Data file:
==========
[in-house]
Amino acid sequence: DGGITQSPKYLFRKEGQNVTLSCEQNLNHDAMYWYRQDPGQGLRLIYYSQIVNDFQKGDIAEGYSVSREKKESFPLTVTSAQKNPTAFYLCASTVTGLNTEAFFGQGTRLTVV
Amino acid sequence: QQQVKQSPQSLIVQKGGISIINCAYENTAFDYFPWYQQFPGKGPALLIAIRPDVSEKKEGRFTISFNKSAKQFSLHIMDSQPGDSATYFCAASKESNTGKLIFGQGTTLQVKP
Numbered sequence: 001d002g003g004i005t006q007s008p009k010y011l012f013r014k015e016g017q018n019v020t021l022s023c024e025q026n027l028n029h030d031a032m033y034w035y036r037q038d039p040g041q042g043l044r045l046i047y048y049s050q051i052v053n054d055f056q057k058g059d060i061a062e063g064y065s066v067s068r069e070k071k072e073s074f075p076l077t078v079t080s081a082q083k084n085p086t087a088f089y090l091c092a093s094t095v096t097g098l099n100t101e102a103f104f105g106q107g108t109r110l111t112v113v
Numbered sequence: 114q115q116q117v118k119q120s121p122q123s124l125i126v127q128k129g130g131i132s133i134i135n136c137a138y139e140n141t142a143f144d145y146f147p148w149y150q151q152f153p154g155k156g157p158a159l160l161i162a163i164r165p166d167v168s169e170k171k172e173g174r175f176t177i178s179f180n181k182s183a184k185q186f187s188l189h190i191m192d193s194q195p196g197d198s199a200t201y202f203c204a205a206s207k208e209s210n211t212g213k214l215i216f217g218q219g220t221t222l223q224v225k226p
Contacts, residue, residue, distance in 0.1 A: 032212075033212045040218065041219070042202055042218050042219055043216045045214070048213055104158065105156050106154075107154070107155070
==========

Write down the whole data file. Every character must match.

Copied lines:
[in-house]
Amino acid sequence: DGGITQSPKYLFRKEGQNVTLSCEQNLNHDAMYWYRQDPGQGLRLIYYSQIVNDFQKGDIAEGYSVSREKKESFPLTVTSAQKNPTAFYLCASTVTGLNTEAFFGQGTRLTVV
Amino acid sequence: QQQVKQSPQSLIVQKGGISIINCAYENTAFDYFPWYQQFPGKGPALLIAIRPDVSEKKEGRFTISFNKSAKQFSLHIMDSQPGDSATYFCAASKESNTGKLIFGQGTTLQVKP
Numbered sequence: 001d002g003g004i005t006q007s008p009k010y011l012f013r014k015e016g017q018n019v020t021l022s023c024e025q026n027l028n029h030d031a032m033y034w035y036r037q038d039p040g041q042g043l044r045l046i047y048y049s050q051i052v053n054d055f056q057k058g059d060i061a062e063g064y065s066v067s068r069e070k071k072e073s074f075p076l077t078v079t080s081a082q083k084n085p086t087a088f089y090l091c092a093s094t095v096t097g098l099n100t101e102a103f104f105g106q107g108t109r110l111t112v113v
Numbered sequence: 114q115q116q117v118k119q120s121p122q123s124l125i126v127q128k129g130g131i132s133i134i135n136c137a138y139e140n141t142a143f144d145y146f147p148w149y150q151q152f153p154g155k156g157p158a159l160l161i162a163i164r165p166d167v168s169e170k171k172e173g174r175f176t177i178s179f180n181k182s183a184k185q186f187s188l189h190i191m192d193s194q195p196g197d198s199a200t201y202f203c204a205a206s207k208e209s210n211t212g213k214l215i216f217g218q219g220t221t222l223q224v225k226p
Contacts, residue, residue, distance in 0.1 A: 032212075033212045040218065041219070042202055042218050042219055043216045045214070048213055104158065105156050106154075107154070107155070